By Padraic Halpin
DUBLIN (Reuters) - Royalty Pharma raised its hostile bid for Irish drug firm Elan to a potential $8 billion on Friday, coming back for the third time after just 7.5 percent of shareholders accepted the last offer.
The U.S. investment firm, seeking to get its hands on Elan's lucrative royalties from multiple sclerosis drug Tysabri, had its first two bids rejected by Elan's board in a battle that has turned increasingly bitter since it began in February.
Royalty is now offering $13 in cash per share - compared with a previous $12.50 - and added a clause known as a contingent value right (CVR) that could add a further $2.50 per share if blockbuster drug Tysabri hits certain sales milestones.
Elan saw Royalty's previous bids as undervaluing the company - which it believes commands a value of between $15.50 and $20.80 - and is trying to convince shareholders that deals it has struck in recent weeks will add more value.
"Royalty Pharma believes the further increased offer is a far superior alternative to what Royalty regards as a high risk strategy of hastily arranged and value destructive acquisitions," the New York-based firm said in a statement.
Royalty said the CVR clause, which Reuters reported it was considering in April, would first be triggered if Tysabri owner Biogen Idec gains approval for using the treatment in secondary progressive MS before the end 2017.
A second payment would be made if annual sales of the drug hit $2.6 billion by the end of 2015, with a third kicking in if they rise to $3.1 billion within the following two years. Tysabri sales rose 8 percent to $1.63 billion in 2012.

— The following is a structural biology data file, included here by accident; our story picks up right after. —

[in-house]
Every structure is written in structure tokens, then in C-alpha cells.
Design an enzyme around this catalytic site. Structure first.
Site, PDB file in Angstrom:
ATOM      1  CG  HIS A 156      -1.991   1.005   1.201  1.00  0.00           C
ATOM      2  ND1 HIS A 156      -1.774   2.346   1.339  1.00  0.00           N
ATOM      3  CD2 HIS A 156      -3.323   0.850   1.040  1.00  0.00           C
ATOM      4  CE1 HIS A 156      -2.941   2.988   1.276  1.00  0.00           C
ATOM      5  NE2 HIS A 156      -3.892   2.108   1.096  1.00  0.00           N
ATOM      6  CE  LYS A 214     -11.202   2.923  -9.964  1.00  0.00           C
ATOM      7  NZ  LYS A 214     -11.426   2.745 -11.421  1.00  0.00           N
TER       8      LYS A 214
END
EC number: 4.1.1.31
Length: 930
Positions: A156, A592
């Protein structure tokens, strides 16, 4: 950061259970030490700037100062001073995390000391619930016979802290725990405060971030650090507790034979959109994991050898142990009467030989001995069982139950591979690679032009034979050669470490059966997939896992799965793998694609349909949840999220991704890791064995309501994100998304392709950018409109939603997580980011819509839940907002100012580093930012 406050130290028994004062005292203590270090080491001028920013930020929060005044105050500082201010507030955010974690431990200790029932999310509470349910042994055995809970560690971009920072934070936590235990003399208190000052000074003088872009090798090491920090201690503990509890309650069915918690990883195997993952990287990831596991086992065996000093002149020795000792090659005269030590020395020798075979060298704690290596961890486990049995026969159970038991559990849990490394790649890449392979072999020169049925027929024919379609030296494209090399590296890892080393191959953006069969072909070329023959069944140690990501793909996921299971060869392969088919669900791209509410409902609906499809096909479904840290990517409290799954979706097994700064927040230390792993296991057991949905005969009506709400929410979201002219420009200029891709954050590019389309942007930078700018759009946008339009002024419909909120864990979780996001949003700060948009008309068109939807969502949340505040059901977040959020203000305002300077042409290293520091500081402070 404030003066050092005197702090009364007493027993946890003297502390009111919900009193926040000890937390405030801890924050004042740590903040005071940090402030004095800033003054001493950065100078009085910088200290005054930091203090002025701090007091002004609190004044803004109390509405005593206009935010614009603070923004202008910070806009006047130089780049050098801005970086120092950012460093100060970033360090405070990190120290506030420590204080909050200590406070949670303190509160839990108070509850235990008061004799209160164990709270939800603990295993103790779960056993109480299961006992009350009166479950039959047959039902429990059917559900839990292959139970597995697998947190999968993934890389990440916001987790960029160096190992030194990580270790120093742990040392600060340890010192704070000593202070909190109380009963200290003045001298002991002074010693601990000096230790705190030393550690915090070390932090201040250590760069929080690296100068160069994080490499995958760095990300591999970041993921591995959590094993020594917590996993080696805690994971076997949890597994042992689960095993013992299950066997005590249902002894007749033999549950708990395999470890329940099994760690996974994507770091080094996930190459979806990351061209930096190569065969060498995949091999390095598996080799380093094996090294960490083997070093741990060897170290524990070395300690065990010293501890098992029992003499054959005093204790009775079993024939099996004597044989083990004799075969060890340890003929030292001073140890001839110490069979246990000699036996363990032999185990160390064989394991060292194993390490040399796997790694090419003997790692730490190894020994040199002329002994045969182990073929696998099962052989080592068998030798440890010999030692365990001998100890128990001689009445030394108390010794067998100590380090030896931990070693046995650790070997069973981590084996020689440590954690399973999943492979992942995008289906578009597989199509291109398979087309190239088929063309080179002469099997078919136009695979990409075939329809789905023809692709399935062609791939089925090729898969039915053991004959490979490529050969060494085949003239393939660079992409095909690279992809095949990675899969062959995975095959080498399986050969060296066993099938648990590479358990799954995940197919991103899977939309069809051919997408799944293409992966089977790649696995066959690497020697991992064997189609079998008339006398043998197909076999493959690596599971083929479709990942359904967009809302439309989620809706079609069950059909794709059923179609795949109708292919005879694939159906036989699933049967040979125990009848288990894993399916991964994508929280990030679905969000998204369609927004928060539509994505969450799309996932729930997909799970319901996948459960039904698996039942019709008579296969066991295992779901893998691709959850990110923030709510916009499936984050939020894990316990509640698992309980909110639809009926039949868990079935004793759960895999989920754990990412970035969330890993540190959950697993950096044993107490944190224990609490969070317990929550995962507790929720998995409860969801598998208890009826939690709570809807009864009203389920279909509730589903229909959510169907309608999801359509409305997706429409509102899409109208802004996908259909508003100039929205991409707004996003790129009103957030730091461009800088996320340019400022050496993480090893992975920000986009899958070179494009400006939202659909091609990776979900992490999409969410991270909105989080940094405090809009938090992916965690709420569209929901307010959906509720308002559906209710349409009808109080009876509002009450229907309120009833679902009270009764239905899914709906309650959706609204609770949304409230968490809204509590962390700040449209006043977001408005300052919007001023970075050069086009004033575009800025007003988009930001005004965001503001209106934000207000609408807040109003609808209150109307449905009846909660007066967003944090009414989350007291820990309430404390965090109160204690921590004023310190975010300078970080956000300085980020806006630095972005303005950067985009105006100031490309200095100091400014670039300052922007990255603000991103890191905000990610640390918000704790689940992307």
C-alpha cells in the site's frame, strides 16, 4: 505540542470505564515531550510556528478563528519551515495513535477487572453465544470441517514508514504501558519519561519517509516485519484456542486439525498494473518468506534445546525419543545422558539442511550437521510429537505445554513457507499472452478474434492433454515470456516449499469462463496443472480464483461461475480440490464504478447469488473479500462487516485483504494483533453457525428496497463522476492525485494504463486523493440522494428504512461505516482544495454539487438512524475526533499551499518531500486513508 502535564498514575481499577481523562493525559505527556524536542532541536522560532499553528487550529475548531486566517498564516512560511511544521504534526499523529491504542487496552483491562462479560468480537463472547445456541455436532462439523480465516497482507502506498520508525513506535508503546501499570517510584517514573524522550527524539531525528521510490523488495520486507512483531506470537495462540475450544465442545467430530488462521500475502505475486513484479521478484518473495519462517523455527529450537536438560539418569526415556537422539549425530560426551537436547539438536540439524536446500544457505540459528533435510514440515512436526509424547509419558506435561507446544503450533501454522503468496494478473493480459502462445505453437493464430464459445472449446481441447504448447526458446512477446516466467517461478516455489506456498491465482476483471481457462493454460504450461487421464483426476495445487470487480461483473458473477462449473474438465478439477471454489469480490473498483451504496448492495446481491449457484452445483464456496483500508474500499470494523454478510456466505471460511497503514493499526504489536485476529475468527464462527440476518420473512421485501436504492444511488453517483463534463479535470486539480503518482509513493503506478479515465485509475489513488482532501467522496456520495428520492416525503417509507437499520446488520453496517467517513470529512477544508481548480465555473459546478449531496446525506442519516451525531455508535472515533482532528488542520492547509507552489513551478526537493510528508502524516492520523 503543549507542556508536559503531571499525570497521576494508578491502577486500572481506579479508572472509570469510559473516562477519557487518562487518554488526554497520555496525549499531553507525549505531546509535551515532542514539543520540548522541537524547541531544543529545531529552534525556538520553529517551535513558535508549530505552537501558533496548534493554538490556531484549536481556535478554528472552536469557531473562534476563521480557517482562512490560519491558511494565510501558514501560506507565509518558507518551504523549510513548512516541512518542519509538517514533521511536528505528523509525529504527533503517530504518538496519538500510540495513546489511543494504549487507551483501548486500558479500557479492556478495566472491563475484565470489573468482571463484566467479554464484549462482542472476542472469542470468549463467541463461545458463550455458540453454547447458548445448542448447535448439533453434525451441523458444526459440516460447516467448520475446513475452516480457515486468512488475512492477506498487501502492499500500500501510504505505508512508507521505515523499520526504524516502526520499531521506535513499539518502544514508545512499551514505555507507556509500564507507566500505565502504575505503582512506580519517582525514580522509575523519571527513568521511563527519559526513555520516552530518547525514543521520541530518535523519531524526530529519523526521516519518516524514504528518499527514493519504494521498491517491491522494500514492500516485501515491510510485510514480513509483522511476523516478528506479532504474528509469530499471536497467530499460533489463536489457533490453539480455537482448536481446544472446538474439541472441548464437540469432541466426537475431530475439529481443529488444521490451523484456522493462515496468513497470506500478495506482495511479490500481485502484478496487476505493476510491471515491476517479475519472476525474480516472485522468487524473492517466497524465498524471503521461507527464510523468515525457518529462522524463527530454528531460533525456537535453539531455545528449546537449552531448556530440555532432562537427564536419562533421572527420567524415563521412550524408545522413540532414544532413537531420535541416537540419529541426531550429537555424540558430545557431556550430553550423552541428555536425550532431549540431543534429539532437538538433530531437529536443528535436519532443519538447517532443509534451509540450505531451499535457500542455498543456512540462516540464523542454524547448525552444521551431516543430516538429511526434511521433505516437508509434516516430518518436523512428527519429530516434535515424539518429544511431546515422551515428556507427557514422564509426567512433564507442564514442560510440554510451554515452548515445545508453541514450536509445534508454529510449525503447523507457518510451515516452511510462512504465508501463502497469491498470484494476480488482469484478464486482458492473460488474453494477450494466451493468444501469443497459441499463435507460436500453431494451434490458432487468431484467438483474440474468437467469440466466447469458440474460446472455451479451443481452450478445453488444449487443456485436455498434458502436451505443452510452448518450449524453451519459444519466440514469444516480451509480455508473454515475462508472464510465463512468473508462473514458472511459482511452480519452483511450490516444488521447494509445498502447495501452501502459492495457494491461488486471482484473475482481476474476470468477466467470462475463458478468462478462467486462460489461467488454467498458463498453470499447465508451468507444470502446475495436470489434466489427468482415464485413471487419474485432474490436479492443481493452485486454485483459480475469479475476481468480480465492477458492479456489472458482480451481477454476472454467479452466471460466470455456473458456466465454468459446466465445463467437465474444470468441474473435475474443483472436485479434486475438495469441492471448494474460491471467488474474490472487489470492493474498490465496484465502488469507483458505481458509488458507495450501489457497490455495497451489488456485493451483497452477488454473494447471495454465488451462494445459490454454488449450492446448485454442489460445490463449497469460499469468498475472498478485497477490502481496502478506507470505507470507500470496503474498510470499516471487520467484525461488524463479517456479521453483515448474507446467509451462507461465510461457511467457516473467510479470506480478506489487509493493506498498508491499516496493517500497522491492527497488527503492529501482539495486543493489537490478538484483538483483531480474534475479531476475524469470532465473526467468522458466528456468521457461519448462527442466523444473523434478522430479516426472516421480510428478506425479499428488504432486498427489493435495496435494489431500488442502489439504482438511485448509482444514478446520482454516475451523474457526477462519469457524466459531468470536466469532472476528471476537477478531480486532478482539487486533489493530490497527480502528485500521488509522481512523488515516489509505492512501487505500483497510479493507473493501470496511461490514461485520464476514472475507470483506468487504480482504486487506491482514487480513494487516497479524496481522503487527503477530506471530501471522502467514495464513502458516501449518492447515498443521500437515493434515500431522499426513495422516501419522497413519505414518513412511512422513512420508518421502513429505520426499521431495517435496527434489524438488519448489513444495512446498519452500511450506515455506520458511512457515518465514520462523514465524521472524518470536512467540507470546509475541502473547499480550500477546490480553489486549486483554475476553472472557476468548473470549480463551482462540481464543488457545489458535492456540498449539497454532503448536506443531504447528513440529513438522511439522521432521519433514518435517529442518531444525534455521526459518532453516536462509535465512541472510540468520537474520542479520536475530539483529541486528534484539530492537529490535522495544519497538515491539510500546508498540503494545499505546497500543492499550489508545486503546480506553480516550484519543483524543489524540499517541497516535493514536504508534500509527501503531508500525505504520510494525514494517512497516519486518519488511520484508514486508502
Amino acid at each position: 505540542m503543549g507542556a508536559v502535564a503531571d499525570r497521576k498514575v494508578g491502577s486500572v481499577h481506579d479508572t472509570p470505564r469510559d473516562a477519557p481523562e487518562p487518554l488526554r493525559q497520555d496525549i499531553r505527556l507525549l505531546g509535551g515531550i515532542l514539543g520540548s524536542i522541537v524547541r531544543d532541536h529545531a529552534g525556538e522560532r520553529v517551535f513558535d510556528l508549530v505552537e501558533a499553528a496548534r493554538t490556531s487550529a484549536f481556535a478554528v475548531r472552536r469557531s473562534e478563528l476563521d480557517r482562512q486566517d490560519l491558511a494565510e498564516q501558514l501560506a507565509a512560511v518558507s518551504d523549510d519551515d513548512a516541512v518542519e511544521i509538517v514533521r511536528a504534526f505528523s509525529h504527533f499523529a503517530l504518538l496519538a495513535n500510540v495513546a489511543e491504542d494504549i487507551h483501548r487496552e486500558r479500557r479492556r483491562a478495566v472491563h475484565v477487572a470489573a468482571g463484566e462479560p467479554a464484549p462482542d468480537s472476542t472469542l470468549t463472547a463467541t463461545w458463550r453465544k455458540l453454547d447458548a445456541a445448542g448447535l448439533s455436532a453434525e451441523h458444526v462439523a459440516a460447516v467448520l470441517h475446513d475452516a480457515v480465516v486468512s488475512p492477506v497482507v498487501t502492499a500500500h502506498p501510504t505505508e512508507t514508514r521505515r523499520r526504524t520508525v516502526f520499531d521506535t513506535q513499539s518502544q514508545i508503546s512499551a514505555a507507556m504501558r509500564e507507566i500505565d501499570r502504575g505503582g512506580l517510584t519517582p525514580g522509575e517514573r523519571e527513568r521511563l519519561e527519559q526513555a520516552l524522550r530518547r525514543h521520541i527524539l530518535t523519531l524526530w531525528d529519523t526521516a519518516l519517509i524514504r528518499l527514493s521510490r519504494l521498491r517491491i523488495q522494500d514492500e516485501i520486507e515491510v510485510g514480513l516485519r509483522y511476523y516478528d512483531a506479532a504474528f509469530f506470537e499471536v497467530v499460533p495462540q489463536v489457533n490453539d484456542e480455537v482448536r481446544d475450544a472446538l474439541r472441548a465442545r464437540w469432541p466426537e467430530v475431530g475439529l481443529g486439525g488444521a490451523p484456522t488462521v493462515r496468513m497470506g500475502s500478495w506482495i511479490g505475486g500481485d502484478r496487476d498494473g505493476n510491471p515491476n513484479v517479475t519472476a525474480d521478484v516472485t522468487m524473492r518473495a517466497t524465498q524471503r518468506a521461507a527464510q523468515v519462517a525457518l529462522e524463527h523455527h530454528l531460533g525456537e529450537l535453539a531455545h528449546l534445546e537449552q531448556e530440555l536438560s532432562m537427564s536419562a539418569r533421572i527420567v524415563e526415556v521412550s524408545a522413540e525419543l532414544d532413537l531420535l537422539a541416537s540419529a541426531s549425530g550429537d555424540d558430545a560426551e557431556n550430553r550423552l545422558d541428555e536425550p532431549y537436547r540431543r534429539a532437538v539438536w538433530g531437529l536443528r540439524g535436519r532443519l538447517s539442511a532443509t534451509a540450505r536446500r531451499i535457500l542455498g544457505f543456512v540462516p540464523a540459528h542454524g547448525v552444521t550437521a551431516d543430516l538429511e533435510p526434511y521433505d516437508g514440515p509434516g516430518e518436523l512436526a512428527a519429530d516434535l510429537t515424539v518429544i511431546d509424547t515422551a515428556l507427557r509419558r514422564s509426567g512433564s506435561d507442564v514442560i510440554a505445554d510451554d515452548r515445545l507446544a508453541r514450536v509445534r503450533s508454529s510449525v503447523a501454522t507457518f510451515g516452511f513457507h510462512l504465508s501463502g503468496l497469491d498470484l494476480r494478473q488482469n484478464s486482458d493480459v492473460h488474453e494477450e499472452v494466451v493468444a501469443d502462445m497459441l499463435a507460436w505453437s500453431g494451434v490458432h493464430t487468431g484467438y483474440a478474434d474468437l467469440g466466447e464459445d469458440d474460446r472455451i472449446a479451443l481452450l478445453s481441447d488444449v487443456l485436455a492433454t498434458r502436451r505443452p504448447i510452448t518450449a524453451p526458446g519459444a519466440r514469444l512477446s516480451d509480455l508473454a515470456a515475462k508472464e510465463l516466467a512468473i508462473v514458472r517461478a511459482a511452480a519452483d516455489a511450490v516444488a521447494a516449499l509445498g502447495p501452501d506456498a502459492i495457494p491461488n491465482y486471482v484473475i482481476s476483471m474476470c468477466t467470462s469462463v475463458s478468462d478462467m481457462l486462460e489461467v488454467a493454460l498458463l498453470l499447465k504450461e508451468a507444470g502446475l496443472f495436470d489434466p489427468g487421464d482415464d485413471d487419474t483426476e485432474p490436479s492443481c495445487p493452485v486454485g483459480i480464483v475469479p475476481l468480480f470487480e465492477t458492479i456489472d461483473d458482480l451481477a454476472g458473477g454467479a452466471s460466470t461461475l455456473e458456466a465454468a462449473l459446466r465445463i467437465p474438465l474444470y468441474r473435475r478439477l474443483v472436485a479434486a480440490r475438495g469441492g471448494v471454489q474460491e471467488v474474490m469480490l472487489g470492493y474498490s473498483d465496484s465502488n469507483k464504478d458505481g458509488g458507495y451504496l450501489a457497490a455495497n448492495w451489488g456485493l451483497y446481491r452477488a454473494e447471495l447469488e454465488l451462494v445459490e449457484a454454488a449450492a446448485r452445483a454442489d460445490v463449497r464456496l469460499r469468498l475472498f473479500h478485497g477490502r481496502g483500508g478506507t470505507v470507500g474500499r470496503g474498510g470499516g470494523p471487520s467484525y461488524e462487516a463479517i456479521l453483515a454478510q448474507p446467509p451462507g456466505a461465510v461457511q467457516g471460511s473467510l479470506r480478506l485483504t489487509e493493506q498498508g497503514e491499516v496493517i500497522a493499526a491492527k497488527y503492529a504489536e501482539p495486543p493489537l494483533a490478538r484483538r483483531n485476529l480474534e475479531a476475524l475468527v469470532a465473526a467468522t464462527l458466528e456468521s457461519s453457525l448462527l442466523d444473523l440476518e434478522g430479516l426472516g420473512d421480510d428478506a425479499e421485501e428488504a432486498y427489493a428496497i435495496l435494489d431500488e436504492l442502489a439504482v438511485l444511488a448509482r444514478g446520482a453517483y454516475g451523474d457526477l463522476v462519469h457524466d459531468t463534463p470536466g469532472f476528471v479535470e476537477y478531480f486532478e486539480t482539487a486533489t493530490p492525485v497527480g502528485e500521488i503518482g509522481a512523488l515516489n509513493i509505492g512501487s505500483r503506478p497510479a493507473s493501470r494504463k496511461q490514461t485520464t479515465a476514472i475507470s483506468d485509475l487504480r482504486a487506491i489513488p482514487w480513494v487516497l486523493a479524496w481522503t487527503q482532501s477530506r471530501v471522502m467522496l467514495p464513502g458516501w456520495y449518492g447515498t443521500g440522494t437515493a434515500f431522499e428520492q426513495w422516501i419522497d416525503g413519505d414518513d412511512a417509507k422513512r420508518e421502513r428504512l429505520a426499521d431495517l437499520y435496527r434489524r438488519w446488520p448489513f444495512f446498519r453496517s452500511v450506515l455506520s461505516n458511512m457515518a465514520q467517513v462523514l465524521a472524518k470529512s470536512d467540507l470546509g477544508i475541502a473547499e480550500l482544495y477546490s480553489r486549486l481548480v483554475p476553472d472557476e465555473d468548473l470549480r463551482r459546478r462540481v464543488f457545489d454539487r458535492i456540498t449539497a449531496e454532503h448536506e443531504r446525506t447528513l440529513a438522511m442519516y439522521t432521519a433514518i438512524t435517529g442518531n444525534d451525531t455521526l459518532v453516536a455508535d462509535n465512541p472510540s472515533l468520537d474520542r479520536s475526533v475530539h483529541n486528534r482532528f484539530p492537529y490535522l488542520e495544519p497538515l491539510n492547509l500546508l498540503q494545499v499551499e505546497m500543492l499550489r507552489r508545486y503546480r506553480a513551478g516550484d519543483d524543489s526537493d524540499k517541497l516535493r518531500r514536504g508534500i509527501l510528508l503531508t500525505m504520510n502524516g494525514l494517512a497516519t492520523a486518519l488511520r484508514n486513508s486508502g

In a note, Deutsche Bank said there was a 50 probability that Biogen would gain the approval required, a 20 percent chance the drug would reach the first sales target and a 25 percent probability that sales would hit $3.1 billion by 2017.
This is a similar mechanism to that used by French drugmaker Sanofi to finalize its $20.1 billion deal for Genzyme Corp in 2011, and competes with a promise from Elan to its shareholders that it would hand over a fifth of its royalty stream from the blockbuster drug to them.
Elan shares were up 4.9 percent at $13.30 in pre-market trading in New York and some analysts still doubted that Royalty had offered enough to win shareholders over.
"Okay it's a sweetening but my initial take is that it is probably insufficient," said Vincent Meunier, analyst at Exane BNP Paribas.
"I remain skeptical. I have the sentiment that for the management and main shareholders of Elan, this price will not be enough. It's likely to be a long battle."
Royalty kept the acceptance threshold for its offer at 50 percent plus one share. Its bid also remains conditional on Elan shareholders rejecting a series of recent transactions conducted by Elan to counter Royalty's bid. That would have to happen at a key June 17 meeting.
Royalty Pharma received a blow in the heated battle on Thursday when a ruling relating to that meeting threatened to scupper the deal.
In an attempt to stop the Dublin-based firm pushing through its defensive acquisitions, Royalty last month made its second offer conditional on Elan shareholders rejecting "any transaction" they would be asked to back.
However, after Elan said only two of the four transaction to be put to the meeting concerned the acquisitions, Royalty sought a ruling from the Irish Takeover Panel confirming that it would not be obliged to drop out if all four votes were carried.
The panel decided on Thursday that Royalty could not revise its terms, meaning its bid will lapse if Elan shareholders back either of the other two uncontentious resolutions - a share buyback and a drug spin-off aimed at cutting operating costs.
In a further twist, Elan has also won temporary relief from a U.S. District Court stopping Royalty from closing its tender offer after Elan argued the New York-based investment firm's disclosures in its increased bid were "materially inadequate."
The court will meet again on June 11 to decide whether or not to grant a preliminary injunction against Royalty.
(Reporting by Padraic Halpin; Editing by Sophie Walker and Patrick Graham)